There's no question that it is a constraint on service to downtown, but perhaps using the Red Hill Valley corridor might be a better option?
 

Kiwi

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A new GO Station at James St North will be the station connecting to a future Stoney Creek station, which will also connect to the Niagara Region.

The Hunter GO Station will have rush hour GO Train service and GO Bus. By the end of 2009 Hamilton will end up with two GO Stations.
 

ShonTron

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A new GO Station at James St North will be the station connecting to a future Stoney Creek station, which will also connect to the Niagara Region.

The Hunter GO Station will have rush hour GO Train service and GO Bus. By the end of 2009 Hamilton will end up with two GO Stations.

There's only one other city in North America that I know of that has two major separate railway stations on separate track corridors with trains that both end up at the same destination - an Union Station, in fact.

Name this city and get a gold star. Hints: Like Hamilton, it is also a second-string city, but very independent, in a large combined megalopolis and has its own 'charm'.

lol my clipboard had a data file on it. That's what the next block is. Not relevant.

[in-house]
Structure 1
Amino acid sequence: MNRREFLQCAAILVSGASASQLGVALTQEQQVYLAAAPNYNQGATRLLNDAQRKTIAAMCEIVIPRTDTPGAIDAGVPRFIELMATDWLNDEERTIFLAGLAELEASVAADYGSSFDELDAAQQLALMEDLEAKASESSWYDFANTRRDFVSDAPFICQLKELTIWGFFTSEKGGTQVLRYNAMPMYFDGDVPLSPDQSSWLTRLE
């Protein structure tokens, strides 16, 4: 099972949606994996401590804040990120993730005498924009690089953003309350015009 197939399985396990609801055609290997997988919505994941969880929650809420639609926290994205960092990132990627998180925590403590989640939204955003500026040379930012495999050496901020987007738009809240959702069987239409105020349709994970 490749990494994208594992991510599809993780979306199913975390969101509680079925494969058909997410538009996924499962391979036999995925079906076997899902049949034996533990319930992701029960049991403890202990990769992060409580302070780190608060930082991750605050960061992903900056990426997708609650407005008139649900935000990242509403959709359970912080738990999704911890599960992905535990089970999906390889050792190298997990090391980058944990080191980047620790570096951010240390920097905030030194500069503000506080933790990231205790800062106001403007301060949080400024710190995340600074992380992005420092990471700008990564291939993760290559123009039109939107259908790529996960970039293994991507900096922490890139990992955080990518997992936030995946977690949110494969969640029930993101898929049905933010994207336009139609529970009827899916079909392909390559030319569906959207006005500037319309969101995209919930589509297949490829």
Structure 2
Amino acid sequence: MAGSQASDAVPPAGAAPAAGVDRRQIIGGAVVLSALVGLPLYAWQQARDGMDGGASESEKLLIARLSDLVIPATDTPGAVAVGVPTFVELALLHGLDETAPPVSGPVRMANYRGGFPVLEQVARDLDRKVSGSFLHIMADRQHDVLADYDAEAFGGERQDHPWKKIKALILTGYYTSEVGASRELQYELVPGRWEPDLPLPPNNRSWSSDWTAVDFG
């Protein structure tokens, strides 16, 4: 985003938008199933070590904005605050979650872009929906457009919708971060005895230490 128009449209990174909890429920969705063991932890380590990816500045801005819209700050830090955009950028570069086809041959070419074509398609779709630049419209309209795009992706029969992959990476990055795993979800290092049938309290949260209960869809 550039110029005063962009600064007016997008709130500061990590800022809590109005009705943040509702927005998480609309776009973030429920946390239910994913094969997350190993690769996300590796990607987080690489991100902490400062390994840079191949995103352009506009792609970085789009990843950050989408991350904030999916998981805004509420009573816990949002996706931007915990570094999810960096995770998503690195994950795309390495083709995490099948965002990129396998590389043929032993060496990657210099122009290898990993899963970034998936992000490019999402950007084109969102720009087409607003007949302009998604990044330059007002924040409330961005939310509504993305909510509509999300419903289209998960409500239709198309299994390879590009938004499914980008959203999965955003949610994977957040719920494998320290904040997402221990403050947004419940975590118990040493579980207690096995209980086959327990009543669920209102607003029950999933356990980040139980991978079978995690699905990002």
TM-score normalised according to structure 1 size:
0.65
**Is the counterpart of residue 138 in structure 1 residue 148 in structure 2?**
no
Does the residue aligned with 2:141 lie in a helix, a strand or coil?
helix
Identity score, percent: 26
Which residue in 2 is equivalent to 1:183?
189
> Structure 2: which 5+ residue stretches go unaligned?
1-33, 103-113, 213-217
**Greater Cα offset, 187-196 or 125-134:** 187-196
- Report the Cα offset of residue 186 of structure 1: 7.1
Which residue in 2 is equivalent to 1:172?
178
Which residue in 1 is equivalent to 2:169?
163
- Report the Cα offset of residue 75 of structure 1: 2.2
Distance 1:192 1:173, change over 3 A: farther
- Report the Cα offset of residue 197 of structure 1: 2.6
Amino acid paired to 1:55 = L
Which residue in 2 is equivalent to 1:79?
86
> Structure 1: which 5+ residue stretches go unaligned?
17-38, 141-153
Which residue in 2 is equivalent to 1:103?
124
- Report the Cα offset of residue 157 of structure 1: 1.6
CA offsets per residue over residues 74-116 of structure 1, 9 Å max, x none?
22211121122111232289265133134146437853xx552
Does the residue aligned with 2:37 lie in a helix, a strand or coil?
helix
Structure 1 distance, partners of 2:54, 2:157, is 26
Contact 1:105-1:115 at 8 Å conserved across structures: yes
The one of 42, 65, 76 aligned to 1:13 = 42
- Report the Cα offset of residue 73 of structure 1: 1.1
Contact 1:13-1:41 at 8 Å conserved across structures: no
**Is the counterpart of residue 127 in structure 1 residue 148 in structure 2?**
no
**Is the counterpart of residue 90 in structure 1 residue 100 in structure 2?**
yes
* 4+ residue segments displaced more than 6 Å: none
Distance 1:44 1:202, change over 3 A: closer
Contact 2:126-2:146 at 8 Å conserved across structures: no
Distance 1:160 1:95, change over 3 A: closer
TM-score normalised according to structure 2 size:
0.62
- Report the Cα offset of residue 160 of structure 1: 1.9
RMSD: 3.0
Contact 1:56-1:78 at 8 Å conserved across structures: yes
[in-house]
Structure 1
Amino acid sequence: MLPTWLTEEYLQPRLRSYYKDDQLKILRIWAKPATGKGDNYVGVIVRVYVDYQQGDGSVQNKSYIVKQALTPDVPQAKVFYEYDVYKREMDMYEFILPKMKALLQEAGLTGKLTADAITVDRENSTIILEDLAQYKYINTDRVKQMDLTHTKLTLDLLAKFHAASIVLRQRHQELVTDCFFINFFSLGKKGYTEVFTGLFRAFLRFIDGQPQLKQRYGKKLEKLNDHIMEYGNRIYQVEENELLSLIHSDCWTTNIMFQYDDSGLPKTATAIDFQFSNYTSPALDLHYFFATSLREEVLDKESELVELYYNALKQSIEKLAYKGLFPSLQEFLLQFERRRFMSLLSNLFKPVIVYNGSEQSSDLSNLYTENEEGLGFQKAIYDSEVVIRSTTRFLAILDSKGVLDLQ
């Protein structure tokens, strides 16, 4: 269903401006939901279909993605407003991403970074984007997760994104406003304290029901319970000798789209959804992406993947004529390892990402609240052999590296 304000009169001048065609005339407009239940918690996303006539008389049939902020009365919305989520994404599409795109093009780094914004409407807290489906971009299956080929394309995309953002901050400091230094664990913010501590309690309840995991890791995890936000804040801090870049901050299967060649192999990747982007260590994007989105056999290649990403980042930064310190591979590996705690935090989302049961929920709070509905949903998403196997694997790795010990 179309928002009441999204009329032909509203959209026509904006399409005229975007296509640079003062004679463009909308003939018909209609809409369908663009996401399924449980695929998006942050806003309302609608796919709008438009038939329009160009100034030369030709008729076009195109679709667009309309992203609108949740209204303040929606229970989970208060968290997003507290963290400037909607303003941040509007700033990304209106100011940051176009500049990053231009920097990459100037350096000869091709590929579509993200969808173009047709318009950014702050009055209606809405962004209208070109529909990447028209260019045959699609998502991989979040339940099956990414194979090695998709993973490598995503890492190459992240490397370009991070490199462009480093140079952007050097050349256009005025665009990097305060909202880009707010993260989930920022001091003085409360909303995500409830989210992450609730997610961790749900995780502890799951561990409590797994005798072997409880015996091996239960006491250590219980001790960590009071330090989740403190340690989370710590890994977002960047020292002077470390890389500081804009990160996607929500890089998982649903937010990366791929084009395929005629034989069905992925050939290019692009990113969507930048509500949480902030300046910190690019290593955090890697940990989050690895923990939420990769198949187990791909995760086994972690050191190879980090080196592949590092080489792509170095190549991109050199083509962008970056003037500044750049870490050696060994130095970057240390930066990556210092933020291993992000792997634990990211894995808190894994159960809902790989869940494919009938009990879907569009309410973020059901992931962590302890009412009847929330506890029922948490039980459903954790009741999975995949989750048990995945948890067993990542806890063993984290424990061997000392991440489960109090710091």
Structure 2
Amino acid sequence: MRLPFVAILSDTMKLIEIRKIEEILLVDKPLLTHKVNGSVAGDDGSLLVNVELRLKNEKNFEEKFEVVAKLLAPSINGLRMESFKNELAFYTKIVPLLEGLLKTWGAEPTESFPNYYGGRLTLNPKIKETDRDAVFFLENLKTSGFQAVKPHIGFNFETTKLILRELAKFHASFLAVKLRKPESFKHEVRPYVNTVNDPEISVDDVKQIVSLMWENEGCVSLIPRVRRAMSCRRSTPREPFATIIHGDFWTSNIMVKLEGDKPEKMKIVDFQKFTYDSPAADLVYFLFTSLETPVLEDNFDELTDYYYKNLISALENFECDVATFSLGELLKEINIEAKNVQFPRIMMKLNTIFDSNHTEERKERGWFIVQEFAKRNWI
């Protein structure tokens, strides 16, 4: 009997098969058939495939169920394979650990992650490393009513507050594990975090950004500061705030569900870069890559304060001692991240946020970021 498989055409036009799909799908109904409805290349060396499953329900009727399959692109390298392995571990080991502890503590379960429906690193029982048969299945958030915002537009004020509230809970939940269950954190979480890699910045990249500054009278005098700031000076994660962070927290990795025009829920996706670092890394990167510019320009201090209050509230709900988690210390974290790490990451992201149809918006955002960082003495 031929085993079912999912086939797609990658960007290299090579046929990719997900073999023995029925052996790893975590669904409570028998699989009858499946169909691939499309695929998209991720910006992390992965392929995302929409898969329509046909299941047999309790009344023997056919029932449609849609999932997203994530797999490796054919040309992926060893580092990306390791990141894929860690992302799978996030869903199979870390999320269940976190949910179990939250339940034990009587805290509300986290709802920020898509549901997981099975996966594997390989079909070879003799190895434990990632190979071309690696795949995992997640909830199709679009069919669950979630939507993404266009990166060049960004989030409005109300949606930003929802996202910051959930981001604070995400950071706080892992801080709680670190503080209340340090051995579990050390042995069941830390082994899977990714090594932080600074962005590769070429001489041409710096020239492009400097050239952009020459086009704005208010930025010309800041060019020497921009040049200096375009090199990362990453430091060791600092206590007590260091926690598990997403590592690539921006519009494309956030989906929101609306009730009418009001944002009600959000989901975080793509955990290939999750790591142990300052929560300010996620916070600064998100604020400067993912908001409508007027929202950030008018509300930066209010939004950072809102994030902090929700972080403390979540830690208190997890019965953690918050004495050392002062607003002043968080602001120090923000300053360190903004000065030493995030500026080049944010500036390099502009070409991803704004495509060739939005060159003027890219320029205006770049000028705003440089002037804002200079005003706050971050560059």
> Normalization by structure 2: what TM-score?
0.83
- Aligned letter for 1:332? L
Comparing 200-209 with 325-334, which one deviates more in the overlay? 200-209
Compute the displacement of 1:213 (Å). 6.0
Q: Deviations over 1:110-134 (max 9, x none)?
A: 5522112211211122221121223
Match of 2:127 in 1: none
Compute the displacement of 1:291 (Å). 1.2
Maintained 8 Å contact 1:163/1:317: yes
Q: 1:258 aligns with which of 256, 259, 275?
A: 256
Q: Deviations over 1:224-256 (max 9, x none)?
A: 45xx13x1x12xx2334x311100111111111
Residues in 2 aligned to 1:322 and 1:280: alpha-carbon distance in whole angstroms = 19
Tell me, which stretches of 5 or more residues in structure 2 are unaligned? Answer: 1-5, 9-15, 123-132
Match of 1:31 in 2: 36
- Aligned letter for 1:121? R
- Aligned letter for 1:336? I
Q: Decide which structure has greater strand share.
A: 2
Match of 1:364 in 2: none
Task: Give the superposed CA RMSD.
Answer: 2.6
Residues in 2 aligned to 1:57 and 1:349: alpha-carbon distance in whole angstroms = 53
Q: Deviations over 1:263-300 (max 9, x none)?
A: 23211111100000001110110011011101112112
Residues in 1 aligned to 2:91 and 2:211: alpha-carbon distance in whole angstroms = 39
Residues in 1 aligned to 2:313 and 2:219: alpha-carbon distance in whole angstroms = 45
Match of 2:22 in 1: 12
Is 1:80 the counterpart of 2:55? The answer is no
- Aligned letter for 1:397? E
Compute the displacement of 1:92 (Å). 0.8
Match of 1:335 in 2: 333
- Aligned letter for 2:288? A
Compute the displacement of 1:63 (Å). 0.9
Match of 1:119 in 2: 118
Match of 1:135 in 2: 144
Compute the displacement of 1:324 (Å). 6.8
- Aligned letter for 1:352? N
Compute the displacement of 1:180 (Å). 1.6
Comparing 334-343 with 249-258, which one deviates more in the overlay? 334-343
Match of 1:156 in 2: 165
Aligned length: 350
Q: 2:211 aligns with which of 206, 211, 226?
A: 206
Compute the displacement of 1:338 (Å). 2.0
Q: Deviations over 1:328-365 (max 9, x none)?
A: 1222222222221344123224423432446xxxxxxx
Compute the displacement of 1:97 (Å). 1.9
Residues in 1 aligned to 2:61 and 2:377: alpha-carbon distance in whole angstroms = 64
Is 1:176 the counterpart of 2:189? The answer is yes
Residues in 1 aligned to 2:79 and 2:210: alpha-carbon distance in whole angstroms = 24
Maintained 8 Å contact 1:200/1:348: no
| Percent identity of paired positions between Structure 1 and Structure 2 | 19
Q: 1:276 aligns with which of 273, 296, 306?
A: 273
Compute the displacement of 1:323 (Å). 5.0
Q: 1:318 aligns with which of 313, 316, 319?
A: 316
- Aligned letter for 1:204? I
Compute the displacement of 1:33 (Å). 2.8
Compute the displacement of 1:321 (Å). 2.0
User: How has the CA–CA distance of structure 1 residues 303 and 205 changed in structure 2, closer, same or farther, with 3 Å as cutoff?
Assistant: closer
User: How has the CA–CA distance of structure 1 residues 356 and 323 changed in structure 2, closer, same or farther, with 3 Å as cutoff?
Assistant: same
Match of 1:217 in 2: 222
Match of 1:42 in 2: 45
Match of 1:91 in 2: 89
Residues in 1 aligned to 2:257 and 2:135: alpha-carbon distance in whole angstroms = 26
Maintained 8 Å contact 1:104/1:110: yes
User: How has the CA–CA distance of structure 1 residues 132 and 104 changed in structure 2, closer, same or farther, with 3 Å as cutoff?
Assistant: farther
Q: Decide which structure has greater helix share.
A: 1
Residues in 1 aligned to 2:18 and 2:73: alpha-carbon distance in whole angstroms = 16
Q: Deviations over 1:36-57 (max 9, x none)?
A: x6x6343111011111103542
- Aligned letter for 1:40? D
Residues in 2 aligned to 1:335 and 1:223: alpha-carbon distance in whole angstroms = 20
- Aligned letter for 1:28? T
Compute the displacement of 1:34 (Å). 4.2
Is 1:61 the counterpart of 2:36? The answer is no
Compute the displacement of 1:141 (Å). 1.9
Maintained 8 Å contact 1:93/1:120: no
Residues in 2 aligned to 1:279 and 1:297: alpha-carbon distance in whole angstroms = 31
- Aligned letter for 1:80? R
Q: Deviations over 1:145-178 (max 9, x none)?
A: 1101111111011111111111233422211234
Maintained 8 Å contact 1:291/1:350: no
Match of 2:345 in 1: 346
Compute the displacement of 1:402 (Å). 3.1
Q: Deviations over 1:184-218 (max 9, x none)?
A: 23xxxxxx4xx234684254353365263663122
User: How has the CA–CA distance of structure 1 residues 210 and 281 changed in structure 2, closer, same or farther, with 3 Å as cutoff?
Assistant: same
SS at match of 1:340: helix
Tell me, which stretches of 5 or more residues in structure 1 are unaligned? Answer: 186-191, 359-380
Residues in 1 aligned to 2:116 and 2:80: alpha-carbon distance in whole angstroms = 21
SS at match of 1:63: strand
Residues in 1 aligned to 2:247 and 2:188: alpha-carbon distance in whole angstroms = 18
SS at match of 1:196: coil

CDL.TO

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I think that would be very disrupting to the neighbourhoods. The right-of-way is less than 10 metres wide at some points, with houses on both sides. Also, there is no east-to-south connecting track, and building one would require property acquisitions.

There's no question that it is a constraint on service to downtown, but perhaps using the Red Hill Valley corridor might be a better option?

Of course. Using the connector would be difficult and would probably require sinking the corridor or tunnelling. What route is taken doesn't really matter.

The fact of the matter is that having the most services at a James North station probably won't offer the same benefits to downtown Hamilton.
 

Filip

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There's only one other city in North America that I know of that has two major separate railway stations on separate track corridors with trains that both end up at the same destination - an Union Station, in fact.

Name this city and get a gold star. Hints: Like Hamilton, it is also a second-string city, but very independent, in a large combined megalopolis and has its own 'charm'.

Hmm... Baltimore? San Jose?